Day 171 “The Big Tree”

A Guided Visualization

Sit somewhere comfortable, with your feet touching the floor, and your spine as straight as possible.

Turn off any distractions- cellphone, t.v., radio, etc.  Instrumental music, especially nature sounds could help, otherwise opt for silence.

Let your eyes go soft, focusing only on the words before you, but letting everything else blur into the background.

Follow your breath in, pause, and then slowly let it go.  Pause again before taking the next breath.  Continue to focus on your breathing until it has calmed to a slow, deep intake and exhale.

Listen for the beating of your heart.  Let your breath and heartbeat become the signals to keep you on track.  If you lose focus, find them again, and continue.

Imagine you are standing in the middle of green, open space, on a beautiful warm, sunny day.  Close your eyes if you need to and see the vibrant colours that surround you.  What do you see?

As you breath, imagine you can smell the freshness of the air, the sweet aroma of the grass.  Is there a hint of flowers in the air?

Listen, or remember, the sounds of nature.  What does it sound like?

Do you have tastes you associate with this scene?  Memories from carefree summer days?

Feel the earth below your feet.   Imagine the warmth of the sun on your skin, and a gentle breeze caressing you.

Now bring your awareness to a big, old tree not far from where you are standing.  Bring the tree closer until you are standing under its branches and can reach out and touch the bark, feeling its roughness.  Imagine you stand with your back to the tree, leaning into it.  What would it feel like to let this tree fully support you?  Can you feel its strength?  Be with the tree a moment and let yourself relax more deeply.  Give over all your stress and burdens.

As you surrender, imagine that you can feel the life pulse of the tree.  Imagine you hear it as a heartbeat and that your heart beat are one.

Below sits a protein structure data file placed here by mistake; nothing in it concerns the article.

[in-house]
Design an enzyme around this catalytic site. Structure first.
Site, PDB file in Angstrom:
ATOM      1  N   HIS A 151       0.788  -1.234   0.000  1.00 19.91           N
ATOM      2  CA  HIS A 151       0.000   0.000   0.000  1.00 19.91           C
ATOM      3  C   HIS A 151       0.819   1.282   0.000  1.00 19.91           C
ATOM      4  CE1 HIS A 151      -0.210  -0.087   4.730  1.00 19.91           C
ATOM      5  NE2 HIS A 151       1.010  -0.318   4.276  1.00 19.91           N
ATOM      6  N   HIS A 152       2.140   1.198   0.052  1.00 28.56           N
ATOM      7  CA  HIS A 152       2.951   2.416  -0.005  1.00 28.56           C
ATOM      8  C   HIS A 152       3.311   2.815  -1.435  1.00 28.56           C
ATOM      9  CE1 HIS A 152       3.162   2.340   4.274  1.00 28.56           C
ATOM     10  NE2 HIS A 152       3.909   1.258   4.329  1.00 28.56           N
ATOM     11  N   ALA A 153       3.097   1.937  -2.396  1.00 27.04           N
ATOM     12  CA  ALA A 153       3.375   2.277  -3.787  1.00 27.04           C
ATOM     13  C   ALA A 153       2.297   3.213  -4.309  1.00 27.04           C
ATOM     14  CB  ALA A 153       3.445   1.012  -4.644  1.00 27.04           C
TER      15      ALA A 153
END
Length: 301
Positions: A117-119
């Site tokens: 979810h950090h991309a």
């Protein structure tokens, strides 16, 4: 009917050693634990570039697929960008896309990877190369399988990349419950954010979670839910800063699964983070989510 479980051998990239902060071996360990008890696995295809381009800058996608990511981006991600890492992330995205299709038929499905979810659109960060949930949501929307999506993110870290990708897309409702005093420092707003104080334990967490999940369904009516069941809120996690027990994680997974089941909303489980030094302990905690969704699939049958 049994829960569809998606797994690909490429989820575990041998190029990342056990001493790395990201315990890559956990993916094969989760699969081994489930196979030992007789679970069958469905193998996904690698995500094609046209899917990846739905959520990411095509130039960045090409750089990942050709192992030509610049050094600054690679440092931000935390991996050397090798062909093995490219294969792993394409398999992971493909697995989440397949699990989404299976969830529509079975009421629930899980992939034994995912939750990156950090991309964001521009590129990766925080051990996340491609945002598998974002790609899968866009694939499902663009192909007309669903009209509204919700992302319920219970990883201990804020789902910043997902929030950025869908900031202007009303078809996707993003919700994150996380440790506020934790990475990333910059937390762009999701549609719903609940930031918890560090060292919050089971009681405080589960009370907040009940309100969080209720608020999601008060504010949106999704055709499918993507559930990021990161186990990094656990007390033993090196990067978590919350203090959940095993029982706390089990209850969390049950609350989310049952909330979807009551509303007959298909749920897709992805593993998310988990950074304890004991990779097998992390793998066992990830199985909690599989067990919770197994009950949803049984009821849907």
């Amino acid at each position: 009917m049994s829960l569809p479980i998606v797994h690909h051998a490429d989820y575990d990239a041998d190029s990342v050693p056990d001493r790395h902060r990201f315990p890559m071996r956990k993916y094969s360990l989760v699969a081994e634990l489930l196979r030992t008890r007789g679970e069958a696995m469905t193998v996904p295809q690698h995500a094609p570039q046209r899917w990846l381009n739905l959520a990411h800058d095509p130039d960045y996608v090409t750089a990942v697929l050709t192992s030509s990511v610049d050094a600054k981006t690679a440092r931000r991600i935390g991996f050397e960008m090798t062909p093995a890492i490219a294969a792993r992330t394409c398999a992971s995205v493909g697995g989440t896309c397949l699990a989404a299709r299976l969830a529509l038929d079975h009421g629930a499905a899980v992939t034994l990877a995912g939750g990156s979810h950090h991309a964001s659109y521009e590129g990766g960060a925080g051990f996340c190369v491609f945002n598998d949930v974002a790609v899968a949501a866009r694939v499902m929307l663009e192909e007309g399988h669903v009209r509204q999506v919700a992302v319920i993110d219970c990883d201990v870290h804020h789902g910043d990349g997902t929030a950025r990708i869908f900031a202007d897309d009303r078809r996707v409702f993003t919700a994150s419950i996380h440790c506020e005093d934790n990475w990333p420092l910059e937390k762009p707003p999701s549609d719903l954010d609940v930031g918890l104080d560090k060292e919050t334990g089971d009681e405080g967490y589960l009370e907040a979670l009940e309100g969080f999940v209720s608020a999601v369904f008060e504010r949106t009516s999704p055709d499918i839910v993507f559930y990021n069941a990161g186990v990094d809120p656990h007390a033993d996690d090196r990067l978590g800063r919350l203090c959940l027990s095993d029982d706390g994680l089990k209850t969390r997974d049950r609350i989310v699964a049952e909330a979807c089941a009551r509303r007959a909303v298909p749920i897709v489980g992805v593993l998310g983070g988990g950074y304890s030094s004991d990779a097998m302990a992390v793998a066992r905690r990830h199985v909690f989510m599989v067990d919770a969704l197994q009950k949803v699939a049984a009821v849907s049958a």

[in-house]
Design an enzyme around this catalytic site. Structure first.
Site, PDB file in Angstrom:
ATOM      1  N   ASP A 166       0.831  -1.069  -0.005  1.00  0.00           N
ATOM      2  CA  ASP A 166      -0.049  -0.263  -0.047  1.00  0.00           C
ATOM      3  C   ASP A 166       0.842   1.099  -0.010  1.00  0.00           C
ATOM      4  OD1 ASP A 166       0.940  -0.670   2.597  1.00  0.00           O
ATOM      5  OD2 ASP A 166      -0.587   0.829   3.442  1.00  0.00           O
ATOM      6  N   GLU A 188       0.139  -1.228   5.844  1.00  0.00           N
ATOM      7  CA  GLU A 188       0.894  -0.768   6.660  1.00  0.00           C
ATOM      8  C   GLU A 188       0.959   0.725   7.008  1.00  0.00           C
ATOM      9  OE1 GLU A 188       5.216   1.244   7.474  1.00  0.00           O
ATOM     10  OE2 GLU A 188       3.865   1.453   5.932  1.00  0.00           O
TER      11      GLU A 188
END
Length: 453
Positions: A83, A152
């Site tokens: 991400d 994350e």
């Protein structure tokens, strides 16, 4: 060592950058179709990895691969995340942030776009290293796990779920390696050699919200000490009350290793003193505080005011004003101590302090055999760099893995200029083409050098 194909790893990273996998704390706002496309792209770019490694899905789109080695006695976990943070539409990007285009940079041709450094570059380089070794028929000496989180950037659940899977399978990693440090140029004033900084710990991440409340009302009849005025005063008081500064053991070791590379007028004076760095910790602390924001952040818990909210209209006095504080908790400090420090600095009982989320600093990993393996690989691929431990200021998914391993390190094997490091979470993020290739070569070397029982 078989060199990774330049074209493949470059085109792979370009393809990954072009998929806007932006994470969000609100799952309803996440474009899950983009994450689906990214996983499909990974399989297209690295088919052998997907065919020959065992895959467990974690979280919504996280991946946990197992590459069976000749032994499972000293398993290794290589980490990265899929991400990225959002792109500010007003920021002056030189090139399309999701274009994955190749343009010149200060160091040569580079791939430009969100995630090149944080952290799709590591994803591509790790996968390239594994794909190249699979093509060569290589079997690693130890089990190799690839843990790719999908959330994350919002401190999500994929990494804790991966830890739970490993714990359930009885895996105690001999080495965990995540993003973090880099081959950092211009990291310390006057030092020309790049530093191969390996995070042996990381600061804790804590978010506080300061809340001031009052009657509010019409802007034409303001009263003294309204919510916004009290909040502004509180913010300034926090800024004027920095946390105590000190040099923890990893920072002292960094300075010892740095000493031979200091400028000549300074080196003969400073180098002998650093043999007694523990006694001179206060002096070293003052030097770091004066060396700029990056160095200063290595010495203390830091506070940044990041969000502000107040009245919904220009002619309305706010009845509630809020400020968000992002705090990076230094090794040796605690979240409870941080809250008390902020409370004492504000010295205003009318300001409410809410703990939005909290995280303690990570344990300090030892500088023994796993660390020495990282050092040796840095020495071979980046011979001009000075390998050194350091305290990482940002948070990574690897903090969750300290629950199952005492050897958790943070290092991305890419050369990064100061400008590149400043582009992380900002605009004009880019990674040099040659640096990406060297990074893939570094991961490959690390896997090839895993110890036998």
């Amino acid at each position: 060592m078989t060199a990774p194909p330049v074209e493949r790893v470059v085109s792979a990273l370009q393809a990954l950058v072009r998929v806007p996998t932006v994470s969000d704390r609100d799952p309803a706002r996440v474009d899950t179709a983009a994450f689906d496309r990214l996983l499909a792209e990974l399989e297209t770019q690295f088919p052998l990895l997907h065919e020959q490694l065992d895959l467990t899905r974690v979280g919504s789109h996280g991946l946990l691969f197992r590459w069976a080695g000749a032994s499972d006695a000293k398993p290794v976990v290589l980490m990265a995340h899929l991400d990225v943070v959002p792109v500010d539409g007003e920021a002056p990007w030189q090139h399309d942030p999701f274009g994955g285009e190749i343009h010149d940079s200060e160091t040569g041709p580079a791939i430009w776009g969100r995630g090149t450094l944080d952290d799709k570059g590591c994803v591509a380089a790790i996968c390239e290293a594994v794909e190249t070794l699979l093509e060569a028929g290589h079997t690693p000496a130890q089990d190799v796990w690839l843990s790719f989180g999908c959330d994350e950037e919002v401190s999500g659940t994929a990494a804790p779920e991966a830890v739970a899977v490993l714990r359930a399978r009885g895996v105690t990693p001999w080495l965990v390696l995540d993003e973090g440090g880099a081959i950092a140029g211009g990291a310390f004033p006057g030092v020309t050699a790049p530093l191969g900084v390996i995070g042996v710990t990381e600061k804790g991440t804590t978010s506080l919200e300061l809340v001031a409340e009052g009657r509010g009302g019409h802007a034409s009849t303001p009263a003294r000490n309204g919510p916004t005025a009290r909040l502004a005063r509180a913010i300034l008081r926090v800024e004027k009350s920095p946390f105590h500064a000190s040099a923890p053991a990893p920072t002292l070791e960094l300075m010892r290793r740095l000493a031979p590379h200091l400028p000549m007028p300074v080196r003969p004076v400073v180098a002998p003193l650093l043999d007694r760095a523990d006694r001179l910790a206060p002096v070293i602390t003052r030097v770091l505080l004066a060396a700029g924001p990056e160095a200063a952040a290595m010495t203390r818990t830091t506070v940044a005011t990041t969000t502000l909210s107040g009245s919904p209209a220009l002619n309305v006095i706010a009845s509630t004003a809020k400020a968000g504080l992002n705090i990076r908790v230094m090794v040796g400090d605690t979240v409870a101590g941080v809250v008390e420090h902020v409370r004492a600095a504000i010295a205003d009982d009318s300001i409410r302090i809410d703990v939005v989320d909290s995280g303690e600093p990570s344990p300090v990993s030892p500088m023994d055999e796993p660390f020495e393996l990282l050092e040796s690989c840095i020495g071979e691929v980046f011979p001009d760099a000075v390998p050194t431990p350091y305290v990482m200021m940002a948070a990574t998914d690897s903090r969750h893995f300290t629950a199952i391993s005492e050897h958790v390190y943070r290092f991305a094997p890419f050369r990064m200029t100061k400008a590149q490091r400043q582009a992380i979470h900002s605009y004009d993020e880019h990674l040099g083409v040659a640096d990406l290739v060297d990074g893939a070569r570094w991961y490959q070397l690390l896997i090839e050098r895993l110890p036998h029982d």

Now allow yourself to become the tree.

As you breath, notice that you have roots that extend deep into the earth.  Breath into them, feeling the cool soil and nutrients that nourish you.  Breath deep into the knowing that the earth supports you, that you part of a larger eco-system.  Notice how your roots make you feel grounded and fully present.

Notice also that you have branches that reach up towards the sky and bend with the breezes.  Remember that you change with the seasons, sometimes letting go and sometimes blossoming, sometimes basking in the glory of your fullness.  Notice how this knowledge feels in your body.

As the tree, find your center:  the place that feels both grounded and expansive; strong yet calm; rooted with heightened awareness.  Breathe into this center and feel the energy flow outward, to the tips of your roots and branches.

Spend as much time as the tree as you need, and when you are ready, bring that feeling of centeredness back with you.

To return to normal consciousness, become aware once again of your breathing.  Follow it in and out.  Then feel your body in the chair and your feet on the ground.  Slowly begin to move your fingers, your feet, your head, until you feel yourself returning – refreshed and renewed.

Note:  The image of the tree as a tool for centering comes from Dora Kunz’s teaching.  Dora says once we have mastered the visualization, it is easy to recreate the feeling just by looking at a tree.



Day 170 “Elimination”

“I’ll have the summer berry salad without the candied pecans and dressing on the side please.”

Yes, I am one of those.

The candied pecans have gluten which I have eliminated from my diet.  The cheese is goat, so I can eat that, as opposed to cow’s milk, which I cannot.  I have also eliminated meat.

“I think your problem is that you don’t eat meat,”  my friend Petra says.  “You need the protein.”

Not eating meat is a choice that I made years ago, because I was finding it hard to digest.  “My naturopath says meat and dairy create inflammation in the body.  I quit because of my fibromyalgia.”

“But you still get sick after eating! You should see a proper doctor.”